Everyone would like to travel to Mars, right? Well, no one more so that the dynamic duo of 39 Days to Mars, who decide on a whim that they’re going to take their steam engine ship (the HMS Fearful) on its maiden voyage to the red planet. Thankfully, they’re a pair of resourceful explorers who know their way around a problem, which is fortunate because they’re going to come across PLENTY on their thirty-nine day journey…

39 Days to Mars is a multiplayer-focused experience, though it can be played solo too. In local multiplayer (no online, sorry), both players are able to traverse the 2D environment, but when it comes to puzzle-solving they take control of a hand each. The puzzles are designed in a way where players have to control mechanics in conjunction with one another or use their hands together to manipulate objects, so having someone else to do it with is a LOT easier. When playing solo, you can control both hands at the same time. Typically, you’d think this would be the easier way to approach the game, but it feels like you’re trying to pat your head and rub your stomach at the same time – it’s possible, but it’s very fiddly.

39 Days to Mars

I do have to give the game credit for its puzzles, each of which are both unique and intricate in design. You’ll be clueless as to what you have to do when you first approach a puzzle, with a bunch of different objects or mechanisms in place for the player to potch around with – now, this might sound a little obtuse, but the experimentation aspect of the game just works and when you finally figure out what you need to do it’s incredibly satisfying. The variety of puzzles is impressive too: doing things like gathering a key with a fishing rod, unravelling a hidden keycode by manipulating a consolation-like mechanism, using a lift by co-operatively handling a rope, or even making a cup of tea are presented as complex yet enjoyable conundrums. These sort of puzzles are typically straight-forward in a traditional puzzler, but 39 Days to Mars’ unique approach makes them all the more enjoyable.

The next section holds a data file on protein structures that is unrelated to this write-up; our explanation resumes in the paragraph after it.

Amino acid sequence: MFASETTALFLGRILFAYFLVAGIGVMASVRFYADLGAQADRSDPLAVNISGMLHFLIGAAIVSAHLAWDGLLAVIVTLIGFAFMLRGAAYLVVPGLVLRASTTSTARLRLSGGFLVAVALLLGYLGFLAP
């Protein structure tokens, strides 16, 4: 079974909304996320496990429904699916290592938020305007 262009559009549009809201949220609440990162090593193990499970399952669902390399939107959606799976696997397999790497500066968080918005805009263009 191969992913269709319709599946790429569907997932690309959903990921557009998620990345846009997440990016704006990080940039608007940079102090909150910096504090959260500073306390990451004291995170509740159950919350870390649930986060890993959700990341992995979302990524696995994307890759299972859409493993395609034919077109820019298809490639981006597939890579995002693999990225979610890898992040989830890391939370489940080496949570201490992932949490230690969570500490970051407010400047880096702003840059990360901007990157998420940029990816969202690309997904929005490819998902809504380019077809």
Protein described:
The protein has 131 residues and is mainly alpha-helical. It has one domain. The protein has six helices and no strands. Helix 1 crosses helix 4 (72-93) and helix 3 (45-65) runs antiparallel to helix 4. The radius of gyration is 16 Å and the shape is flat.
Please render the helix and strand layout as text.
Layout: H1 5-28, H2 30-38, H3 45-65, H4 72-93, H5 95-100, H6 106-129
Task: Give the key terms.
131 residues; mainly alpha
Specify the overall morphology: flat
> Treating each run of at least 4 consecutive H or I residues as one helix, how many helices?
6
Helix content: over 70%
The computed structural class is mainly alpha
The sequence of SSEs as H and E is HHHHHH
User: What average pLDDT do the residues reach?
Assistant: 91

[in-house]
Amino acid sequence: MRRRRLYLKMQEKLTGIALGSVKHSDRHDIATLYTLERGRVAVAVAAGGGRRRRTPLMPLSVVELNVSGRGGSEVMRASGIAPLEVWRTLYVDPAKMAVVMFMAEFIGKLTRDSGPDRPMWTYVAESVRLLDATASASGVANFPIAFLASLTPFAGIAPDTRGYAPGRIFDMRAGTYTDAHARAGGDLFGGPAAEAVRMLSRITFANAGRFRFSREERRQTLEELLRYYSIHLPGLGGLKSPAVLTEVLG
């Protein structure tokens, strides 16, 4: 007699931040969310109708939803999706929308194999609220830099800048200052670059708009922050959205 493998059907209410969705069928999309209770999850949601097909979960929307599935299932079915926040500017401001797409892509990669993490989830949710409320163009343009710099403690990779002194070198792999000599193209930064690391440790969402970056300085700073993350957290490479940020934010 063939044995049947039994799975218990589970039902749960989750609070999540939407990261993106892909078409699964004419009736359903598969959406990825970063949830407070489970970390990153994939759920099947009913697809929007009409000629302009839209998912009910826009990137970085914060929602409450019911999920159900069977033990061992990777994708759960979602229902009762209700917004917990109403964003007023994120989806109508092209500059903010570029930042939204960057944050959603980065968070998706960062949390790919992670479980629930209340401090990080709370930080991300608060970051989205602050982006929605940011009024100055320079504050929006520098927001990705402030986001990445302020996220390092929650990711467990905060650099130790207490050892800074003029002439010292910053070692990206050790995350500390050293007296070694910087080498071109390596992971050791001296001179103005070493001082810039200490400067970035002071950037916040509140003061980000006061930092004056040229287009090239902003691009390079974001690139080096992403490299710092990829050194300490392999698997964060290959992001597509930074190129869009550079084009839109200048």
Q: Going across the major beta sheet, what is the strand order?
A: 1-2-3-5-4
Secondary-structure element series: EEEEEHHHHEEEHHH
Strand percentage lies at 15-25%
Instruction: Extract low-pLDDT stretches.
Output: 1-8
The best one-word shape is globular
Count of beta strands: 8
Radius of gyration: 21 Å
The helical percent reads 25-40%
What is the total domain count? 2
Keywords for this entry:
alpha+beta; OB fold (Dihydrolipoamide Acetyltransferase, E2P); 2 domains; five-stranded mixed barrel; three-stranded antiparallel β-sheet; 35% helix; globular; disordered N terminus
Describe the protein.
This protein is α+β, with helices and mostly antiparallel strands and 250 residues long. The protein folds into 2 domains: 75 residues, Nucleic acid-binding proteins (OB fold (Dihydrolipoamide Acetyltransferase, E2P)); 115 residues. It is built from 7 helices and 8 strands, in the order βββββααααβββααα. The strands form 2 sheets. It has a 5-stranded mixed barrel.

39 Days to Mars

The only real problem comes with how awkward the controls can be. As mentioned, they’re fiddly when playing solo, but they can also be tricky to get on board with when trying to manipulate objects together in multiplayer too. Granted, that’s part of the game’s challenge, but there were a few moments where simply trying to work together just felt a little frustrating.

39 Days to Mars isn’t a particularly long game either, with my first playthrough with a friend taking around an hour and a half to complete – that was with some puzzles stumping us for a while too, so I could imagine that cleverer gamers may get through it a bit quicker. Players shouldn’t go into 39 Days to Mars expecting some lengthy co-op experience, but rather something that they’ll be finished with in an evening. Is that a problem? Not really, but some players may wish there was a little bit more to see on the adventure.

39 Days to Mars

I’d be remiss not to mention the presentation of 39 Days to Mars, which is absolutely on point throughout. The game has an aesthetic that embraces both a Victorian and almost blueprint-like style, which fits the puzzling vibe of the experience perfectly. The music is charming throughout too, so you’ve always got a pleasant tune playing as you try in vain to get through each tricky enigma that’s thrown your way.



39 Days to Mars is a quirky and fun puzzler, but it’s definitely best experienced in multiplayer with a friend. Sure, you can solve the well-designed puzzles on your own, but it’s going to be a lot more fiddly than if you had an extra player on board to help you out. The game’s presentation is charming throughout too, with the music particularly standing out during my playthrough.

It’s not perfect though, with the awkward controls and brevity of the experience the more obvious issues that stand out. Fortunately, they’re minor issues in the grand scheme of things and they don’t stop 39 Days to Mars from being easy to recommend for puzzling fans who’ve got a friend on hand to help them out.

Developer: It’s Anecdotal
Publisher: It’s Anecdotal
Platform(s): Nintendo Switch (Reviewed), PlayStation 4, Xbox One, PC